We bought our house without the garage. Should it have been included in the sale?

Our house had a garage about 100 metres away but this was not included in the sale. Should the garage have been included as part of the property?
Question: We recently bought a house that doesn’t have a garage. However, now that the title has been registered at the Land Registry, we have discovered that the house did once have a garage, though it was about 100 metres from the house. How can the man who sold us the house have done so without including the garage?
 
Answer: the seller can decide the extent of the property to be sold. Some properties do have garages that are not annexed to the property but, for example, may be in a block of garages some distance from the dwelling.
 
Think about when you first looked at the property — you may have been told then by the seller or the estate agent whether a garage was available by separate negotiation.
 
Sometimes, when a garage is located in a different area to the dwelling, it is possible to sell it separately depending on whether there are any restrictions on the title preventing the garage from being sold off as a separate entity.
 
In your case, the seller may have decided to keep the garage for personal use or to sell it to someone else, perhaps in the hope that a higher price would be achieved by selling the garage separately.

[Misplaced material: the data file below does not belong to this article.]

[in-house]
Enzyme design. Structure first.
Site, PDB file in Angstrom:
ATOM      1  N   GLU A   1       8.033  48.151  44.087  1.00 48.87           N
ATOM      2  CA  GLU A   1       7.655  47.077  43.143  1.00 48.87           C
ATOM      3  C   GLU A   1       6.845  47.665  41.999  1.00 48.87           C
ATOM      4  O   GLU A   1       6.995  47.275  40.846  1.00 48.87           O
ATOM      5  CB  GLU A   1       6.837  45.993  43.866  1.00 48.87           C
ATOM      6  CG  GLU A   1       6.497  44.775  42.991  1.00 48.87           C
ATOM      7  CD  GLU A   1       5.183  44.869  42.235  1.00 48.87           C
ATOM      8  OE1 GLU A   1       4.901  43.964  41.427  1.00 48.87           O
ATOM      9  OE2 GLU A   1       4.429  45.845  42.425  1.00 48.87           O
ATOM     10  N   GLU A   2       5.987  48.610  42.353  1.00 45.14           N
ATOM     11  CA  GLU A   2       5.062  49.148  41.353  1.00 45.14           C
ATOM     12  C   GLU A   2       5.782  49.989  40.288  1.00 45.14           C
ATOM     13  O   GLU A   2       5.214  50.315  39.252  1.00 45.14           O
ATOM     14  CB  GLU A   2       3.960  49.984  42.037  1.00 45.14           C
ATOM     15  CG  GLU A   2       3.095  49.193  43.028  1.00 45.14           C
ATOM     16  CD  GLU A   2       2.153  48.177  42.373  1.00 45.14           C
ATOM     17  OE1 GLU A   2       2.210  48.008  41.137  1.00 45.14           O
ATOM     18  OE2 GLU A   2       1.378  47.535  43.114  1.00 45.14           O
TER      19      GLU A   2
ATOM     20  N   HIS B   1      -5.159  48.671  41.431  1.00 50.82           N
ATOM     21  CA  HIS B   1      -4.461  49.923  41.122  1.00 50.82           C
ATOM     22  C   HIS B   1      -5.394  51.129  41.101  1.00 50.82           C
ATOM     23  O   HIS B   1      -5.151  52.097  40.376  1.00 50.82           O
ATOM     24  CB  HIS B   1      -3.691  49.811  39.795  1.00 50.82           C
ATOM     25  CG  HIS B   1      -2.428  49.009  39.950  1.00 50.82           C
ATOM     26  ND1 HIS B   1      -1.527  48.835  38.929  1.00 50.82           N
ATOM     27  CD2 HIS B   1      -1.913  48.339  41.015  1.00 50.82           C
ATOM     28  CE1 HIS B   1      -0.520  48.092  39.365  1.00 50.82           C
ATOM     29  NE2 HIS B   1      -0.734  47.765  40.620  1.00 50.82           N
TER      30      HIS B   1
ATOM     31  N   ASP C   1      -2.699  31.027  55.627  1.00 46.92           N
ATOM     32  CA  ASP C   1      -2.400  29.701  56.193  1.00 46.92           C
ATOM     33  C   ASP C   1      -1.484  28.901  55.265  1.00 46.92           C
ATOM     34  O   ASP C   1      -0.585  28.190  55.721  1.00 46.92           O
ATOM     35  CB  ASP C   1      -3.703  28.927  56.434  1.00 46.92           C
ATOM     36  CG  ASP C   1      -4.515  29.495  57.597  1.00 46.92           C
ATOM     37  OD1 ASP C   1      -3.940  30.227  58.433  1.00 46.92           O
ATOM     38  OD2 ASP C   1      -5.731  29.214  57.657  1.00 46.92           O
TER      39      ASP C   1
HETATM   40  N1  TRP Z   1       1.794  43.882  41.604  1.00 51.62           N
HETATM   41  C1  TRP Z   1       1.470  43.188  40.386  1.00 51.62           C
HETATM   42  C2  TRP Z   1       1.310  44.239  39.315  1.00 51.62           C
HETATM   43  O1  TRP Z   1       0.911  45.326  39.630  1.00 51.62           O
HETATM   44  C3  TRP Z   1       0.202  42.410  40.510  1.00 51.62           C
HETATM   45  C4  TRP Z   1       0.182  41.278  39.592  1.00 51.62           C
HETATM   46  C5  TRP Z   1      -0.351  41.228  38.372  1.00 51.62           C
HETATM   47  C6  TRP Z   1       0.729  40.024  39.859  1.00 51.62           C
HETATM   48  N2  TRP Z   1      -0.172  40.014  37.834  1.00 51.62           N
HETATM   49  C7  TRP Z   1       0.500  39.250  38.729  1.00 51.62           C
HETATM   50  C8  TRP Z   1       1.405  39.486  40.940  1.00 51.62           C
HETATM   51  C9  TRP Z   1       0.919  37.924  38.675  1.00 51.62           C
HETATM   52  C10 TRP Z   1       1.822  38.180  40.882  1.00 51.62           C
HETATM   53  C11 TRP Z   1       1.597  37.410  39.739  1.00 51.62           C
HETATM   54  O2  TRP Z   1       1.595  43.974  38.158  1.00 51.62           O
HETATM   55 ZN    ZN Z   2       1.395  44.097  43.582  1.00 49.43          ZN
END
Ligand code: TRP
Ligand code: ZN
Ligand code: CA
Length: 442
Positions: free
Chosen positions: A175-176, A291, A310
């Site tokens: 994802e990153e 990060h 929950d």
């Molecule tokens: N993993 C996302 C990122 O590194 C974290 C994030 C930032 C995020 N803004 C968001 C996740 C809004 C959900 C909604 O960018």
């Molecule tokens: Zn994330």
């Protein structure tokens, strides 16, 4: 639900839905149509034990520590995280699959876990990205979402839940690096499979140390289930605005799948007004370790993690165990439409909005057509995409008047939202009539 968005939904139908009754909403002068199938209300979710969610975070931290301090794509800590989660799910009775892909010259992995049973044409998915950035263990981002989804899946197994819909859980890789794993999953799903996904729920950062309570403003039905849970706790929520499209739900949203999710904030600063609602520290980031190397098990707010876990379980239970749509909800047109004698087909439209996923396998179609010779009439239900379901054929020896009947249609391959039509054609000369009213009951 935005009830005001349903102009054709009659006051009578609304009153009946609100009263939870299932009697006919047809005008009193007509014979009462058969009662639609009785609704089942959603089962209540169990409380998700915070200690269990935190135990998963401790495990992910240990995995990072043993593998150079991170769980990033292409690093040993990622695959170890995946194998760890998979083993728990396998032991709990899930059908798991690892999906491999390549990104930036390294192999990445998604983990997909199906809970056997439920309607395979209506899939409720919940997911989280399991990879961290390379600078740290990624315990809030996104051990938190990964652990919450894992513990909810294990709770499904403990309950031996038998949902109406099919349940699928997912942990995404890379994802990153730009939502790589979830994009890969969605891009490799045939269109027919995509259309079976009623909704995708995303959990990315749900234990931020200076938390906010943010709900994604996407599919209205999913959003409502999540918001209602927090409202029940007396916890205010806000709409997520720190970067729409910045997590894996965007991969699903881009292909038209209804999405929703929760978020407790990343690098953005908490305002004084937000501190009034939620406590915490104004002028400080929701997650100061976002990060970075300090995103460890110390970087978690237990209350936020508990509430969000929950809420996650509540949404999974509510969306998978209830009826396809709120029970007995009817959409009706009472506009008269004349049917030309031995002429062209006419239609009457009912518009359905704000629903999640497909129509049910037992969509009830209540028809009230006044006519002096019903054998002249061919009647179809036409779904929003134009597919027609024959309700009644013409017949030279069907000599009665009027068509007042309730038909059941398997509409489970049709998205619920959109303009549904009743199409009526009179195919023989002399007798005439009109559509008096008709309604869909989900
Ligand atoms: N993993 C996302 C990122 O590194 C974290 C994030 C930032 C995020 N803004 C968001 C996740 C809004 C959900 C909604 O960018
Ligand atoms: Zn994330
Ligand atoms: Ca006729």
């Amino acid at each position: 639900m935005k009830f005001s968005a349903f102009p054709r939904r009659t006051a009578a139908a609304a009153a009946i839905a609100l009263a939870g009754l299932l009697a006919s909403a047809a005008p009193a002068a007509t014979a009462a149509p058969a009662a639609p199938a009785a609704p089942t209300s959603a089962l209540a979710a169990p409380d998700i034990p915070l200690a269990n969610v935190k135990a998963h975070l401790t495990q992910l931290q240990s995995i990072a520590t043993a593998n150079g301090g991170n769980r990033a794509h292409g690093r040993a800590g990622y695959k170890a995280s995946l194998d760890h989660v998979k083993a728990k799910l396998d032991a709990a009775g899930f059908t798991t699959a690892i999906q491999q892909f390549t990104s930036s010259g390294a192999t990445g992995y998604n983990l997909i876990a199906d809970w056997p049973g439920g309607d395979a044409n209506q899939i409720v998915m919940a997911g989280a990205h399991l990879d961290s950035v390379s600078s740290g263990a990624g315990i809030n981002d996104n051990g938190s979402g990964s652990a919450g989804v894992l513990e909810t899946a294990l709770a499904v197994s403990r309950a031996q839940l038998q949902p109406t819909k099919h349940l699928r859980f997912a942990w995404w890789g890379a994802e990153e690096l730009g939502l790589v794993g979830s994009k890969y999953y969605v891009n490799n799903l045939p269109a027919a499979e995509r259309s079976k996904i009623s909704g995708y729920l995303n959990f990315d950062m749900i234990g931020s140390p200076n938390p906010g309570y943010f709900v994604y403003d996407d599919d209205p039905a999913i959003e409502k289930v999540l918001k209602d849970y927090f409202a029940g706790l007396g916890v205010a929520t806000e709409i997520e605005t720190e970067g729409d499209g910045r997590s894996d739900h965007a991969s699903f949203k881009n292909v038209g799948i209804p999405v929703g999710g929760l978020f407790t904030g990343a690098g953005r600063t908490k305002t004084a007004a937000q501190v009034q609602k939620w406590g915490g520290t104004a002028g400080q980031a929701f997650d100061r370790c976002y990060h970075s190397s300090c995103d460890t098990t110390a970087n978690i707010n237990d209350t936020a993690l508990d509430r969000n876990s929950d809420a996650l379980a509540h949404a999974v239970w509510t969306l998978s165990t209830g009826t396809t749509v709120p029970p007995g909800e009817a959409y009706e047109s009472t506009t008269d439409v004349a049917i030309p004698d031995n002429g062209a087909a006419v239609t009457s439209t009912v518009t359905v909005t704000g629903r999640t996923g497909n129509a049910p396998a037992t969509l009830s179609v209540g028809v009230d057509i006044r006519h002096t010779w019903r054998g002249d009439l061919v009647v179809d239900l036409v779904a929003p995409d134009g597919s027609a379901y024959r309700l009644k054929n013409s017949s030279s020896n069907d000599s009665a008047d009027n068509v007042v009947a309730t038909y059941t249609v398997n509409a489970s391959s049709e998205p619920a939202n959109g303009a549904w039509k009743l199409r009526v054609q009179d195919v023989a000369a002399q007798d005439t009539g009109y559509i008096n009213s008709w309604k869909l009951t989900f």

If you are interested in buying it, you should contact the seller or estate agent to see if the seller does own the garage, if it is for sale and at what price.
 
What's your problem?
If you have a question for Fiona McNulty, please email legalsolutions@standard.co.uk or write to Legal Solutions, Homes & Property, London Evening Standard, 2 Derry Street, W8 5EE. We regret that questions cannot be answered individually but we will try to feature them here. Fiona is legal director in the real estate group of Foot Anstey LLP in Exeter (fiona.mcnulty@footanstey.com)
 
These answers can only be a very brief commentary on the issues raised and should not be relied on as legal advice. No liability is accepted for such reliance. If you have similar issues, you should obtain advice from a solicitor.

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